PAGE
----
"starstuff" <firstname.lastname@example.org> wrote
> I came across something I've never seen in MS products (since windows
> When I installed my XP-pro upgrade I had the option to install it on a
> HDD. The XP installation just asked me to insert my copy of 2000/98/95,
> thing when I upgraded to 2000.
> A brief history:
> I bought my vista ultimate upgrade the day after MS released it. Because
> hardware limitations I didn't install it until yesterday when I got my new
> motherboard, graphics card and 2G of ram.
> First I did an upgrade on a cloned HDD and everything went fine but many
> files and drivers and stuff I didn't want remained in my HDD so I decided
> do a fresh (clean) install. To my surprise the vista (upgrade version)
> installation does not support this installation path (the product key you
> entered.... blah, blah)
> So I ignored the product key screen and continued... (You should enter a
> product key because if you don't we'll do this and that... blah,blah) I
> ignored the insinuations of being a pirate and a thief and decided to
> continue. Ok vista finished a clean installation and rebooted for the
> time. Now I can activate vista right? WRONG! the key I entered is still
> invalid for the type of installation.
> OK I called MS tech support in India and a very helpful guy named
> "Sharifssgt" or something like that gave me a solution. After I
> vista I did a disk clone using ghost 2003. I did a test on the HDD clone
> vista said there was a problem and asked me to insert the vista CD/DVD
> installation disk and repair vista.
> After I repaired vista everything booted fine which brings me to ask this
> two questions.
> 1. Is there a more 'conventional' way of doing a clean (blank HDD) install
> using my copy of vista ultimate (upgrade version)?
> 2. What programs within vista can be used to clone a HDD for backup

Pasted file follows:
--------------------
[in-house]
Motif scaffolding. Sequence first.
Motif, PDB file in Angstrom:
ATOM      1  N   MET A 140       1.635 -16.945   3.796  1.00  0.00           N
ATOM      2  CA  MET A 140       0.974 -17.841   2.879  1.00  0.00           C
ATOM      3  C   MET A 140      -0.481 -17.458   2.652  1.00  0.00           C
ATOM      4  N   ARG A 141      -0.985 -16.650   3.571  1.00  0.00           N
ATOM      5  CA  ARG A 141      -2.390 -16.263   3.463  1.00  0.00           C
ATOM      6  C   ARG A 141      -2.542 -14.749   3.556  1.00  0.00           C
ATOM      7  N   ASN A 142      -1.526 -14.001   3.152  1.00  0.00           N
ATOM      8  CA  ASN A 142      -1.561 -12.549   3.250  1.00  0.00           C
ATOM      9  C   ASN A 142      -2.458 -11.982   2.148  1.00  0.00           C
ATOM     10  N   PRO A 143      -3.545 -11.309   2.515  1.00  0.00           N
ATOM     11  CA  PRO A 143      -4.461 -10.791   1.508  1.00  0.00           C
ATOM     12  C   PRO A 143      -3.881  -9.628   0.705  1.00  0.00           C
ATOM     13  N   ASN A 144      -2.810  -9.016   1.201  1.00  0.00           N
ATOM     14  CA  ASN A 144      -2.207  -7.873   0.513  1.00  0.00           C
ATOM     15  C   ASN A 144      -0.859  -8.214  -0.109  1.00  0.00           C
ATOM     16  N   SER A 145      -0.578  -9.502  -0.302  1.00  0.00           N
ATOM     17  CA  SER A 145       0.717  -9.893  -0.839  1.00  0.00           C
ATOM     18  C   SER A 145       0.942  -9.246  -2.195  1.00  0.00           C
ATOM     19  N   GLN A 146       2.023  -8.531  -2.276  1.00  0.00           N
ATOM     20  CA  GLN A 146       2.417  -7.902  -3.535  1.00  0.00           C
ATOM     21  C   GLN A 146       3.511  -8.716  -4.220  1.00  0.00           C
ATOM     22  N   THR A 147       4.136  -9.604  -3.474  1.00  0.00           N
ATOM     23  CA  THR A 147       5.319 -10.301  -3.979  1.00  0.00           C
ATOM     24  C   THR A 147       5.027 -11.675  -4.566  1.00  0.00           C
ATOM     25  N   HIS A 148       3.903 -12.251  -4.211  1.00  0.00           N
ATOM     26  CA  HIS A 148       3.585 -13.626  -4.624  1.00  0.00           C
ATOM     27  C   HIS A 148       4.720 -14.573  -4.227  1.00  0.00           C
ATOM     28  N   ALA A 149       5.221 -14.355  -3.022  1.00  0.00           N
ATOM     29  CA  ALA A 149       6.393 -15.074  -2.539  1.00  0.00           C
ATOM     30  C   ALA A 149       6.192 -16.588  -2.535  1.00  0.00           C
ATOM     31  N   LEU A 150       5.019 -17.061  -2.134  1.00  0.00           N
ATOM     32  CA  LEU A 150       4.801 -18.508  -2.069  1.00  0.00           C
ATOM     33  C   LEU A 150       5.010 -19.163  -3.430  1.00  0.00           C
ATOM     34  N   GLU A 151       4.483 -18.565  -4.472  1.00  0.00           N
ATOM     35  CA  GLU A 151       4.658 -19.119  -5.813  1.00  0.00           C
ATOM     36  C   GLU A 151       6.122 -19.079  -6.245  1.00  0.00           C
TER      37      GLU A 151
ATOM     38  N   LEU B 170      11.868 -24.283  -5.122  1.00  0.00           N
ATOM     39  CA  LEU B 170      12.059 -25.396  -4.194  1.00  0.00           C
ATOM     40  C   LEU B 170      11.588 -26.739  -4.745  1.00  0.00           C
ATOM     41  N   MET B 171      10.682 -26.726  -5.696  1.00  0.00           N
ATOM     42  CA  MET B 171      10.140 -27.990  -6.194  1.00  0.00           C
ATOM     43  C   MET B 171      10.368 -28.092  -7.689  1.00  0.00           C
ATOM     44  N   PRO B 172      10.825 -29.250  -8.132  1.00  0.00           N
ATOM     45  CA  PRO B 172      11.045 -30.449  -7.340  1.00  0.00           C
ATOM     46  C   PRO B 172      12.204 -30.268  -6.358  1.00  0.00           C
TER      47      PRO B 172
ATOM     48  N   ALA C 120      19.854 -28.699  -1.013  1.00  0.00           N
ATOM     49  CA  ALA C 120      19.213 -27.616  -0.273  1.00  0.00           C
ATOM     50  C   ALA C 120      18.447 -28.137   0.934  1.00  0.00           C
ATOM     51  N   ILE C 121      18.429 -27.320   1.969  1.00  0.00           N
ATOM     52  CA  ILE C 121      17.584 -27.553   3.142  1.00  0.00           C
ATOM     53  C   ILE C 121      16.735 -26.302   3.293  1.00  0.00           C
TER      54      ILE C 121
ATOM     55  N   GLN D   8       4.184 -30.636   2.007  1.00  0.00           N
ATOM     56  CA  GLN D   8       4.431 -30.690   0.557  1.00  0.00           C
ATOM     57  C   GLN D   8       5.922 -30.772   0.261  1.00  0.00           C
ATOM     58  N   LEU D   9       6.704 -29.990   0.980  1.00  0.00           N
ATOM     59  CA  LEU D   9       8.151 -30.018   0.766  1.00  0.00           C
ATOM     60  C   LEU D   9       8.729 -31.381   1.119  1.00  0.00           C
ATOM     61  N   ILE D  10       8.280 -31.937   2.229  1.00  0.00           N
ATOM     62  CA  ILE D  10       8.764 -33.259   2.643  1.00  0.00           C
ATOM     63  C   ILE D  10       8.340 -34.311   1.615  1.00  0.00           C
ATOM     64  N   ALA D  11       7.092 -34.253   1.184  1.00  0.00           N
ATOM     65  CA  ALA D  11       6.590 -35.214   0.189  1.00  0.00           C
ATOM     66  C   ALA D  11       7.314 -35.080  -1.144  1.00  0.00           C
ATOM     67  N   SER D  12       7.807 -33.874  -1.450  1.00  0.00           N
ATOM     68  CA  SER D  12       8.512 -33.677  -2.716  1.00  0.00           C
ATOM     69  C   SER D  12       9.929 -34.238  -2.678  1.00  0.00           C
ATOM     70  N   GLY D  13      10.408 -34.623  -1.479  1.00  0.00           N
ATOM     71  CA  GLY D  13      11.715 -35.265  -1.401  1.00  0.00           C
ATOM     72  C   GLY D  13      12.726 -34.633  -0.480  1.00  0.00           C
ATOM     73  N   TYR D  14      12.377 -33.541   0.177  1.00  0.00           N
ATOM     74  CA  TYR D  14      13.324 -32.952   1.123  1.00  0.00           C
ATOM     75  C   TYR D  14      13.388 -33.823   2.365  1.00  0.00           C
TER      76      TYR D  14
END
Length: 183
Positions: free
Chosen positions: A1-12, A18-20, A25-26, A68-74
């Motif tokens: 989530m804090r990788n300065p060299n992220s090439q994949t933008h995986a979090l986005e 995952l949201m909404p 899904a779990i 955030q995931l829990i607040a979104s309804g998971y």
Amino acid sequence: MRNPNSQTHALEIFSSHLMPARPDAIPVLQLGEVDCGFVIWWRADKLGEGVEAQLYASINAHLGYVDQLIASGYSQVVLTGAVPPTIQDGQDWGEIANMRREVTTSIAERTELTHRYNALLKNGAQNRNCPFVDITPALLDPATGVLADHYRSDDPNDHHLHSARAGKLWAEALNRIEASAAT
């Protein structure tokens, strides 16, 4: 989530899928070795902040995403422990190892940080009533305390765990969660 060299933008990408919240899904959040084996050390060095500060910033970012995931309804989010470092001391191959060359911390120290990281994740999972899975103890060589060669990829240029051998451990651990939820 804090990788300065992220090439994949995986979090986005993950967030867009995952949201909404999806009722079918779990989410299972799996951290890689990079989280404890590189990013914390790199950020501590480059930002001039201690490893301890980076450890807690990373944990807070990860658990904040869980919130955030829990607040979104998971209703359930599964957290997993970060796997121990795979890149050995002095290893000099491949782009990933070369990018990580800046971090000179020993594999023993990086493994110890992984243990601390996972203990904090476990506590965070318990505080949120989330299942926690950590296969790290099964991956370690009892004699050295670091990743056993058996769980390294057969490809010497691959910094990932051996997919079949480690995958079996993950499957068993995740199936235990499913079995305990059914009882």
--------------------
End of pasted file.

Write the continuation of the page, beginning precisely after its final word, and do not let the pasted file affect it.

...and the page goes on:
> purposes? I don't want to clone a HDD just to find out that a booloader
> installed and it can't be used in a stand alone configuration.
Vista does not do a shiny media check for the upgrade. It is intended to be
installed from the desktop of the installed, qualifying OS. The way around
this, if you want to install without first having the qualifying OS
installed, but one still needs to own a qualifying product to use the
upgrade version is a double install method as you discovered. Install once
without entering the product key, then do an upgrade of that, now entering
the product key. Here is a link to an article for info on it.
Vista Business, Enterprise and Ultimate come with Complete PC backup which
is drive imaging. When run from the GUI you must image the boot / system
partition or both if they are different. And then you can choose whatever
other partitions you want to include. Restore can only be done by restoring
the complete image by booting the Vista DVD. You cannot restore individual
files or folders from this image. There is a command line tools that allows
you to image individual partitions without having to image the boot/system
partitions but I don't know if restore works the same way, I assume so, by
booting from the Vista DVD. Again you cannot restore individual files.
For more control and flexibility look at Acronis True Image version 10. The
latest builds work in both XP and Vista. It will do partition and drive
imaging, full, incremental and differential images, file backup and disk
cloning. Restores can be done on a file, folder, partition or drive basis.
Rock [MS-MVP User/Shell]